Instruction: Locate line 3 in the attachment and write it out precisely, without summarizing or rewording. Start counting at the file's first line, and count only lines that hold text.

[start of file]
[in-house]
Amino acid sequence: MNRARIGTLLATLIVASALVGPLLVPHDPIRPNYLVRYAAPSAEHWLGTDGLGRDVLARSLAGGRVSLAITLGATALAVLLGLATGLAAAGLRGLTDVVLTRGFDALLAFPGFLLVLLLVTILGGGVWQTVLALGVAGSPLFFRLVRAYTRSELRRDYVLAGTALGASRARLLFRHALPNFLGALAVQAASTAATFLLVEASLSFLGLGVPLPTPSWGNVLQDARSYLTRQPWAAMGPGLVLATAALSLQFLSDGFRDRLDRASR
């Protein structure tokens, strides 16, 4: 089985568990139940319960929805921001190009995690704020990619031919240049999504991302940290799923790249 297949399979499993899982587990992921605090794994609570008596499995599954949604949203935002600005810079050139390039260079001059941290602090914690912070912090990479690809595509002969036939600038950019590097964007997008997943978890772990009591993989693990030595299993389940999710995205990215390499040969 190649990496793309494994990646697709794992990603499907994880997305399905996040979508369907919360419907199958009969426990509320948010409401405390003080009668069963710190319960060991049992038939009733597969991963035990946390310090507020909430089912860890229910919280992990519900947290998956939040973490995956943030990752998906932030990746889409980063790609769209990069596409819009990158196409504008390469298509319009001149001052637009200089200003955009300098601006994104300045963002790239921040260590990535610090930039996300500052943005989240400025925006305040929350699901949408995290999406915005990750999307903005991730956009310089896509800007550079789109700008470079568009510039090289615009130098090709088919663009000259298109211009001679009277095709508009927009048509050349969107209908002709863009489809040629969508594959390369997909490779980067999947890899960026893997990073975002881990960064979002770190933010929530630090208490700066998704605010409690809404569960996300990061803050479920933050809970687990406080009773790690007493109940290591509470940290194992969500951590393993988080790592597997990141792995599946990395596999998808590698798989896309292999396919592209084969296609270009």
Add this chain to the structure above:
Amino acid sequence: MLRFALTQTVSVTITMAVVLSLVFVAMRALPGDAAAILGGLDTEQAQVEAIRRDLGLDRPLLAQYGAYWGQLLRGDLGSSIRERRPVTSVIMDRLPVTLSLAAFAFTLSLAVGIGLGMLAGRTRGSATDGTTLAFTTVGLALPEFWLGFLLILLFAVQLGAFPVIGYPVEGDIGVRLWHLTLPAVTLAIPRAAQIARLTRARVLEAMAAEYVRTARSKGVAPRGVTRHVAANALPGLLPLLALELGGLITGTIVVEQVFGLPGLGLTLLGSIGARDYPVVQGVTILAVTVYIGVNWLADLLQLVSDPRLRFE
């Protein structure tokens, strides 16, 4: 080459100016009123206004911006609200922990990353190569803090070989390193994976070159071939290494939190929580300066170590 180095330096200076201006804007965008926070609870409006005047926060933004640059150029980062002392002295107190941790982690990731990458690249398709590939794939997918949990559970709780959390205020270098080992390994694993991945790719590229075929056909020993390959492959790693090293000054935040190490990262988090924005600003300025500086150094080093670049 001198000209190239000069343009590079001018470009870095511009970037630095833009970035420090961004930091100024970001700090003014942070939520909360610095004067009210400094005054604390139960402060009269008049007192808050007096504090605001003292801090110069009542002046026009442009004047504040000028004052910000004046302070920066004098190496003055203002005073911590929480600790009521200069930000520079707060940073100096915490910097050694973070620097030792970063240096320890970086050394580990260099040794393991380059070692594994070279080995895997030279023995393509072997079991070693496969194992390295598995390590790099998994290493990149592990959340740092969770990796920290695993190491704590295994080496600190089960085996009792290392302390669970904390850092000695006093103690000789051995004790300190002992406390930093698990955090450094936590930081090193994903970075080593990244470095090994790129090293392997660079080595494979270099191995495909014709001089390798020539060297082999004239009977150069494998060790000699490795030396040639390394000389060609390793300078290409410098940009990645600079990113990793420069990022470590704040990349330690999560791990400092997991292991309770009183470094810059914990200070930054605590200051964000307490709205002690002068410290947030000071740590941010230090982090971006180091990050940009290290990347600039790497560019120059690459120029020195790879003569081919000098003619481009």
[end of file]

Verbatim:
């Protein structure tokens, strides 16, 4: 089985568990139940319960929805921001190009995690704020990619031919240049999504991302940290799923790249 297949399979499993899982587990992921605090794994609570008596499995599954949604949203935002600005810079050139390039260079001059941290602090914690912070912090990479690809595509002969036939600038950019590097964007997008997943978890772990009591993989693990030595299993389940999710995205990215390499040969 190649990496793309494994990646697709794992990603499907994880997305399905996040979508369907919360419907199958009969426990509320948010409401405390003080009668069963710190319960060991049992038939009733597969991963035990946390310090507020909430089912860890229910919280992990519900947290998956939040973490995956943030990752998906932030990746889409980063790609769209990069596409819009990158196409504008390469298509319009001149001052637009200089200003955009300098601006994104300045963002790239921040260590990535610090930039996300500052943005989240400025925006305040929350699901949408995290999406915005990750999307903005991730956009310089896509800007550079789109700008470079568009510039090289615009130098090709088919663009000259298109211009001679009277095709508009927009048509050349969107209908002709863009489809040629969508594959390369997909490779980067999947890899960026893997990073975002881990960064979002770190933010929530630090208490700066998704605010409690809404569960996300990061803050479920933050809970687990406080009773790690007493109940290591509470940290194992969500951590393993988080790592597997990141792995599946990395596999998808590698798989896309292999396919592209084969296609270009």